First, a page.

(i)Provide an end item that a small business has manufactured, processed, or produced in the United States or its outlying areas (see paragraph (c)(3) of this section for determining the manufacturer of an end item);

                (ii)Not exceed 500 employees;

                (iii)Be primarily engaged in the retail or wholesale trade and normally sell the type of item being supplied; and

                (iv)Take ownership or possession of the item(s) with its personnel, equipment, or facilities in a manner consistent with industry practice; for example, providing storage, transportation, or delivery.

           (2) Kit assemblers. When the end item being acquired is a kit of supplies—

                (i)The offeror may not exceed 500 employees; and

                (ii)At least 50 percent of the total cost of the components of the kit shall be manufactured, processed, or produced in the United States or its outlying areas by business concerns that are small under the size standards for the NAICS codes of the components of the kit.

           (3) Identification of manufacturers. For the purposes of applying the nonmanufacturer rule, the manufacturer, processor, or producer is the concern that manufactures, processes, or produces an end item with its own facilities (i.e., transforms raw materials, miscellaneous parts, or components into the end item being acquired). See 13 CFR 121.406(b)(2).

           (4) Waiver of nonmanufacturer rule.

(i)The SBA may grant an individual or a class waiver to the nonmanufacturer rule to allow a nonmanufacturer to provide an end item of an other than small business without regard to the place of manufacture, processing, or production.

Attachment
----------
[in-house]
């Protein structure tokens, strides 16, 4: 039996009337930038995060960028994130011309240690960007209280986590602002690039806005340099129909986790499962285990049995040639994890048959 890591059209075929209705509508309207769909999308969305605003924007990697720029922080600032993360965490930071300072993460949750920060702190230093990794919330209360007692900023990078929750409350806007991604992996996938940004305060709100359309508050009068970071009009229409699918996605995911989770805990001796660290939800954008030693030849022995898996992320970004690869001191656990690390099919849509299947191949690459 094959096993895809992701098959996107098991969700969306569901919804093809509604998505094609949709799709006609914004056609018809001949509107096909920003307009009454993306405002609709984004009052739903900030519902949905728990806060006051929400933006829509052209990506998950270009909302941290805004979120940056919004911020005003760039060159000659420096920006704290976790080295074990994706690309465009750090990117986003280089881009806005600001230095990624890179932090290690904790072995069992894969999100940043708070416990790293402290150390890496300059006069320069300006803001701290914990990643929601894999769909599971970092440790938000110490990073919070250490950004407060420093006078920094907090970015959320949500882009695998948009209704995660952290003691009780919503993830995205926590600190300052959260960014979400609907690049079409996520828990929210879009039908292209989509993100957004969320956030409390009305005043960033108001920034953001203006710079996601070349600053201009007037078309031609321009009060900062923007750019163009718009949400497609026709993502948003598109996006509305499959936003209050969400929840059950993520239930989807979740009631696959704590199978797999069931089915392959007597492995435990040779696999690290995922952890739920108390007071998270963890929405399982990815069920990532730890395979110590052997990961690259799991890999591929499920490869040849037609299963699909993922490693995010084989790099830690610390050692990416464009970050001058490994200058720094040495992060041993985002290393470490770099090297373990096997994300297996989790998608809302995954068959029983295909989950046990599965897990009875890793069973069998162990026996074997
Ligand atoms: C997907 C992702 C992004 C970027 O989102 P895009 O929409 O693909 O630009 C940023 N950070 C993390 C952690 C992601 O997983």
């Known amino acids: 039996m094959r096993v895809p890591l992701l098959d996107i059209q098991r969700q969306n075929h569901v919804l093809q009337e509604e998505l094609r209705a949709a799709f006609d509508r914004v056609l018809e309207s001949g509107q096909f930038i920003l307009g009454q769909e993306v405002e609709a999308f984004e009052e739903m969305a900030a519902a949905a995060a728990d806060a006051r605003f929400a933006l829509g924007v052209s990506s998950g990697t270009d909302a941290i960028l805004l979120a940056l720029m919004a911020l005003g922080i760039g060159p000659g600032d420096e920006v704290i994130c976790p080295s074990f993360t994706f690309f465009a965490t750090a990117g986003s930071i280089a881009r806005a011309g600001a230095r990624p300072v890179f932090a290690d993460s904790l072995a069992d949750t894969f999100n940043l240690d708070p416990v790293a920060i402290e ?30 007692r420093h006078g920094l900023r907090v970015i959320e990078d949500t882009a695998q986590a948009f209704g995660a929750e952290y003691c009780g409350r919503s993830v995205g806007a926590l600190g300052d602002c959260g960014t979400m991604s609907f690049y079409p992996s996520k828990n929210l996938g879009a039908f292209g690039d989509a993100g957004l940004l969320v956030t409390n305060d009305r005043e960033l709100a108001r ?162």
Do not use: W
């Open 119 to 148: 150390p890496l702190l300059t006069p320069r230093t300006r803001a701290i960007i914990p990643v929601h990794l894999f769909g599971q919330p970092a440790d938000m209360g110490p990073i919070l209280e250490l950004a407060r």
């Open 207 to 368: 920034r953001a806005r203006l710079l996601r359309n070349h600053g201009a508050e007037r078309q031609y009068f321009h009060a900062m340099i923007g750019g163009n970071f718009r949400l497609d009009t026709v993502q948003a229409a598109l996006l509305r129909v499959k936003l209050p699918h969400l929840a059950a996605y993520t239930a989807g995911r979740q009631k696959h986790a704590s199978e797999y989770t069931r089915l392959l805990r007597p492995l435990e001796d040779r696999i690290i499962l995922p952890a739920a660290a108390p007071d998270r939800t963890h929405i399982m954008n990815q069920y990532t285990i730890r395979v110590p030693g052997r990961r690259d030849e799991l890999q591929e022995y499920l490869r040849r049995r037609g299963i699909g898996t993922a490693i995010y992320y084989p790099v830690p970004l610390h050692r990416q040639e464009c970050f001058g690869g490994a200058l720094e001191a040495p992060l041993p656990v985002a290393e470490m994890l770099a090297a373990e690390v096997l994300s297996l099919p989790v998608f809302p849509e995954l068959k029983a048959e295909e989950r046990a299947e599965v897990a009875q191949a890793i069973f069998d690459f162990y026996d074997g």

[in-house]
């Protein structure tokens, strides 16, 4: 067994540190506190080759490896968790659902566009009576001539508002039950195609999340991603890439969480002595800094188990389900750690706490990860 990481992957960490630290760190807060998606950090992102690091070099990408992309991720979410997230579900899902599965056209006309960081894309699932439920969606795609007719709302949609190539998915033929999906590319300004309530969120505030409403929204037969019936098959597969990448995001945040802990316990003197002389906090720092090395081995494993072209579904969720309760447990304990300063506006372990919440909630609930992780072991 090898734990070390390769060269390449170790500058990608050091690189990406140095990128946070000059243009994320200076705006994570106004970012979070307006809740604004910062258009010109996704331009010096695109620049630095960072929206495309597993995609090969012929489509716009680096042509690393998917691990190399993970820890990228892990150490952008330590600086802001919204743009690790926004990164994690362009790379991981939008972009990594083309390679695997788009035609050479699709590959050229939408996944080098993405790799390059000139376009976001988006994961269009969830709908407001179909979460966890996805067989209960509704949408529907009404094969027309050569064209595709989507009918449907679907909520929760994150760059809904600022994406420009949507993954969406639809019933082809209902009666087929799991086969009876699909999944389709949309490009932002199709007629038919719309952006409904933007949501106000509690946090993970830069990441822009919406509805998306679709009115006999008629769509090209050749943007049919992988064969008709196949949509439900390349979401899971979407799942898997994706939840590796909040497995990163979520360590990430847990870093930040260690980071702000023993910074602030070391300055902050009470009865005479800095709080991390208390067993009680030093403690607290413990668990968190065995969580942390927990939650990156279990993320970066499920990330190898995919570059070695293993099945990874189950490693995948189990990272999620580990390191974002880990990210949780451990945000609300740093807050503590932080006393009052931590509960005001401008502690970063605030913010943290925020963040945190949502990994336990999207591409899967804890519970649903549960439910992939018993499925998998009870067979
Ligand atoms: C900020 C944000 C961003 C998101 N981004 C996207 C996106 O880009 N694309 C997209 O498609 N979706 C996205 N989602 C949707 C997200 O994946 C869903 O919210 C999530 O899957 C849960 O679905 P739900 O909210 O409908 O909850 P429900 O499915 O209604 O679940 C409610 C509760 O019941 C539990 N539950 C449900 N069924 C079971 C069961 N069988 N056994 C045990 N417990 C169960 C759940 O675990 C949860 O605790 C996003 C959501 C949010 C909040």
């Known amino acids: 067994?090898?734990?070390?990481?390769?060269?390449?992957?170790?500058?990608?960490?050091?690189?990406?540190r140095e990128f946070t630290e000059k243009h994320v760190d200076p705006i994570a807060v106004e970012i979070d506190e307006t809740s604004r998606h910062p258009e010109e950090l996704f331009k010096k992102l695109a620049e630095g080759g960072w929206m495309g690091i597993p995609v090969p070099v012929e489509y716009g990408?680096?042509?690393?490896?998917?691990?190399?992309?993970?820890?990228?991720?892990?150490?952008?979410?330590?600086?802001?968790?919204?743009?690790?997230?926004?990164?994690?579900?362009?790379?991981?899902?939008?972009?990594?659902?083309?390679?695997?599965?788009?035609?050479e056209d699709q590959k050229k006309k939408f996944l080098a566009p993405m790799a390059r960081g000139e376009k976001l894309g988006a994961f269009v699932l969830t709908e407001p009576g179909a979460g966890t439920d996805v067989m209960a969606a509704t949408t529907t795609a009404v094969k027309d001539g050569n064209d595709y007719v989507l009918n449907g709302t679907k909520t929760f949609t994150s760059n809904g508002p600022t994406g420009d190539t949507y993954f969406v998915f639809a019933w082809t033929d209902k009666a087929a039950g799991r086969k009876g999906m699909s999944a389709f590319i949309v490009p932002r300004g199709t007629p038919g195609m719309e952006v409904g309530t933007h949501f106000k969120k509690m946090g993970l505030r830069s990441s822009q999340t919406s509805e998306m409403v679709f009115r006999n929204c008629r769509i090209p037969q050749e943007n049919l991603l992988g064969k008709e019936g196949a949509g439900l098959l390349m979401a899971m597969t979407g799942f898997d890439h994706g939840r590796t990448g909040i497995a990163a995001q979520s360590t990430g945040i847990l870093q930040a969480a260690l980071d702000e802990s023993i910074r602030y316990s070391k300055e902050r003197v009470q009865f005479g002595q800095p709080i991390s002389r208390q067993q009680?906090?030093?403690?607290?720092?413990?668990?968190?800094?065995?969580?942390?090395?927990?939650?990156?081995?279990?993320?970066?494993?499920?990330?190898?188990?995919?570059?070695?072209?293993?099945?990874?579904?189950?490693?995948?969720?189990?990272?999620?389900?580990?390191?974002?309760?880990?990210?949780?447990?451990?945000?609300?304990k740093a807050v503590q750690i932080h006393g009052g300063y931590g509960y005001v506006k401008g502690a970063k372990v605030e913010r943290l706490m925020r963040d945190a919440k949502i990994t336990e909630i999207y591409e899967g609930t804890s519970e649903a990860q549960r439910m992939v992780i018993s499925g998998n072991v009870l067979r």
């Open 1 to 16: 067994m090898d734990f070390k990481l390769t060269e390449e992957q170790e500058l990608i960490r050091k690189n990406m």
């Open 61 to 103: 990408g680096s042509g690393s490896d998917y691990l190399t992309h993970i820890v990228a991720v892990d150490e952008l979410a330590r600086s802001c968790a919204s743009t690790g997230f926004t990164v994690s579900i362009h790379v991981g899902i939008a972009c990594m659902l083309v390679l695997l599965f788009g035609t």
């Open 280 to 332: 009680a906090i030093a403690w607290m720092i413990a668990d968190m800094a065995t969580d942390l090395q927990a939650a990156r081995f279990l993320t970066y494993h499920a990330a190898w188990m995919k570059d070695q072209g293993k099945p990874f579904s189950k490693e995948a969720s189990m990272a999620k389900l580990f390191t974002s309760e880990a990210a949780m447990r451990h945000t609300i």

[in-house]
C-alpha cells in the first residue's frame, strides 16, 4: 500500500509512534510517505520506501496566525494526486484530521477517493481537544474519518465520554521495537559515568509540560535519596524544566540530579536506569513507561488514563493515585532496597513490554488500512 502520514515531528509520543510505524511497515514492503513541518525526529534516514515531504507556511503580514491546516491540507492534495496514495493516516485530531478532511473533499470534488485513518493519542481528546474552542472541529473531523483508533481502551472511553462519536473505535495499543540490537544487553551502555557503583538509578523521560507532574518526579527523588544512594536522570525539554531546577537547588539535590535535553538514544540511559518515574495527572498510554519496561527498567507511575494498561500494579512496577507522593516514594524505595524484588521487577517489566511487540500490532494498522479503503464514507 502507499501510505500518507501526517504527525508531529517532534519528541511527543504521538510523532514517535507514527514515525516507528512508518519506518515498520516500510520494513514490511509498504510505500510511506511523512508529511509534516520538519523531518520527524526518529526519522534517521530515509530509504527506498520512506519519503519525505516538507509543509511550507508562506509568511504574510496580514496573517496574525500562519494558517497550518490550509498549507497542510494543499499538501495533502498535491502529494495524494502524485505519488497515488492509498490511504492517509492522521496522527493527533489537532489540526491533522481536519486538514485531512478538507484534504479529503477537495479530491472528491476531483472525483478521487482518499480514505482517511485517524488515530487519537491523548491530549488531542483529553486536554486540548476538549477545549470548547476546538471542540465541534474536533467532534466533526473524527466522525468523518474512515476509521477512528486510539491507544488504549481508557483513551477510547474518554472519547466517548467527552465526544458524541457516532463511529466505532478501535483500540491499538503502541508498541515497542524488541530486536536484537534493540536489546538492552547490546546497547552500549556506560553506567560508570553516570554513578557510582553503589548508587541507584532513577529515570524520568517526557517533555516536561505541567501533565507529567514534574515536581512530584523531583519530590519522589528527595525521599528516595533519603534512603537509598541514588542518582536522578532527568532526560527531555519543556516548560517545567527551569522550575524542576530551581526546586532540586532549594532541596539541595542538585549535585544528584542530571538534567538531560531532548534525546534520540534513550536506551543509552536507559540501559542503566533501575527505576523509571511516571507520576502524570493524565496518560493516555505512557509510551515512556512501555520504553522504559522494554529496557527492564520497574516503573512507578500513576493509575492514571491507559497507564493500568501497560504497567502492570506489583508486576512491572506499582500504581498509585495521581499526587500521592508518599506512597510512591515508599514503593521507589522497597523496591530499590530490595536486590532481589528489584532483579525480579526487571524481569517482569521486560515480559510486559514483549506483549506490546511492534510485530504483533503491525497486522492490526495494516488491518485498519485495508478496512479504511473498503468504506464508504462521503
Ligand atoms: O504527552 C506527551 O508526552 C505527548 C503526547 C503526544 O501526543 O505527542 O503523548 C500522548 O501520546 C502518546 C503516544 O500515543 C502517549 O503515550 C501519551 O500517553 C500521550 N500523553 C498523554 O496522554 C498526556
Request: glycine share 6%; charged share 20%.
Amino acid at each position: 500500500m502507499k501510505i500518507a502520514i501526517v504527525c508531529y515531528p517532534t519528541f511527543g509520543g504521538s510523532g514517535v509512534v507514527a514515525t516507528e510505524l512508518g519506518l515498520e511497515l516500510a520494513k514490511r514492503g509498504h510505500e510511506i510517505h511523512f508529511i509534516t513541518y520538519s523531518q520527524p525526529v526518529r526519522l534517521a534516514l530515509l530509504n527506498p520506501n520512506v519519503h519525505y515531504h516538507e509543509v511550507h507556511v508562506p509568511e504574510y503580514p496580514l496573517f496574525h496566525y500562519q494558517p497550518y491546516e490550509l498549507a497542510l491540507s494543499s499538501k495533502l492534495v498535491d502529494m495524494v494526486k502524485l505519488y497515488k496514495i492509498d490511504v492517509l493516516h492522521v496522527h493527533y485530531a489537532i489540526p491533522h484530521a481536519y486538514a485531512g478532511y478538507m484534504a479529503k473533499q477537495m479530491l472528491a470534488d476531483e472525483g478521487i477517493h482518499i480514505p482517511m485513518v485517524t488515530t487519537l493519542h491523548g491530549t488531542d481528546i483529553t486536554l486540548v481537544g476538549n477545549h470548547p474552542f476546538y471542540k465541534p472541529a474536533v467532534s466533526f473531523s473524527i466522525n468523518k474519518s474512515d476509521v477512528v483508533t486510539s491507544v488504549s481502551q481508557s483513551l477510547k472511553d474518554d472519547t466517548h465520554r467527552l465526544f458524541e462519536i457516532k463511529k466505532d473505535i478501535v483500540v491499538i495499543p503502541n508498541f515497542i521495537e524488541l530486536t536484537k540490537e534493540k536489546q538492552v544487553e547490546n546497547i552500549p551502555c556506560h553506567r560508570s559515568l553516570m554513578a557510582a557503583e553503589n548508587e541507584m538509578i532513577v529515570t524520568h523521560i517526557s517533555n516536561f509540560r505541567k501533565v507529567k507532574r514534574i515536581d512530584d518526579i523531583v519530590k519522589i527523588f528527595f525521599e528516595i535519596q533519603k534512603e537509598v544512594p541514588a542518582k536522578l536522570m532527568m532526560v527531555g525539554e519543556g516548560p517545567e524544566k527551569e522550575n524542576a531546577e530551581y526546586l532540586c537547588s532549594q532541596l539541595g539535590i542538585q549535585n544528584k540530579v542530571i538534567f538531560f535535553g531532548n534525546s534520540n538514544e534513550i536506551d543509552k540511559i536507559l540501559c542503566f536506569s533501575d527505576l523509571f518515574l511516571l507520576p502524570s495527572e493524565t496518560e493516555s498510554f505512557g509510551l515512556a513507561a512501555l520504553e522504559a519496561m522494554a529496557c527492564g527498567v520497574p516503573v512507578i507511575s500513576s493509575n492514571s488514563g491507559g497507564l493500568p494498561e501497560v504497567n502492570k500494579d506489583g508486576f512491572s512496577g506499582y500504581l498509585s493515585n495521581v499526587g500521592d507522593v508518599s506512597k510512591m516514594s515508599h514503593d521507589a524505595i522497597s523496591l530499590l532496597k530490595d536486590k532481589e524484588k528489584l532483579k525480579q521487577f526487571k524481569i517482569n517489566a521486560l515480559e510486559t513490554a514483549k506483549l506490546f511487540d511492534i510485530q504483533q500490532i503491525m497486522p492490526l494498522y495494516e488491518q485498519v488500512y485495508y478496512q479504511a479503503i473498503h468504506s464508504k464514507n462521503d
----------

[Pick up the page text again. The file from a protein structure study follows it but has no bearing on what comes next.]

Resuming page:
(A) Class waiver. An agency may request that SBA waive the requirement at paragraph (c)(1)(i) or (c)(2)(ii) of this section for a specific product or class of products. See 13 CFR 121.1202 for an explanation of when SBA will issue a class waiver.

                     (B) Individual waiver. The contracting officer may also request a waiver of the requirements at paragraph (c)(1)(i) or (c)(2)(ii) of this section for an individual acquisition once the contracting officer determines through market research that no known small business manufacturers, processors, or producers in the United States or its outlying areas can reasonably be expected to offer an end item meeting the requirements of the solicitation. This type of waiver is known as an individual waiver and would apply only to a specific acquisition.

                (ii) Waiver requests. Requests for waivers shall include the content specified at 13 CFR 121.1204 and shall be sent via email to nmrwaivers@sba.gov or by mail to the—Director, Office of Government Contracting, Small Business Administration, 409 Third Street SW, Washington, DC 20416.

                (iii) List of class waivers. For the most current listing of class waivers, contact the SBA Office of Government Contracting or go to https://www.sba.gov/document/support-non-manufacturer-rule-class-waiver-list.

                (iv) Notification of waiver. The contracting officer shall provide potential offerors with written notification of any class or individual waiver in the solicitation. If providing the notification after solicitation issuance, the contracting officer shall provide potential offerors a reasonable amount of additional time to respond to the solicitation.

           (5) Multiple-item acquisitions.

(i)If at least 50 percent of the estimated contract value is composed of items that are manufactured, processed, or produced by small business concerns, then a waiver of the nonmanufacturer rule is not required. There is no requirement that each item acquired in a multiple-item acquisition be manufactured, processed, or produced by a small business in the United States or its outlying areas.

                (ii)If more than 50 percent of the estimated acquisition cost is composed of items manufactured, processed, or produced by other than small business concerns, then a waiver is required. SBA may grant an individual waiver for one or more items in an acquisition in order to ensure that at least 50 percent of the cost of the items to be supplied by the nonmanufacturer comes from small business manufacturers, processors, and producers in the United States or its outlying areas or are subject to a waiver.

                (iii)If a small business offeror is both a manufacturer of item(s) and a nonmanufacturer of other item(s) for an acquisition, the contracting officer shall apply the manufacturer size standard.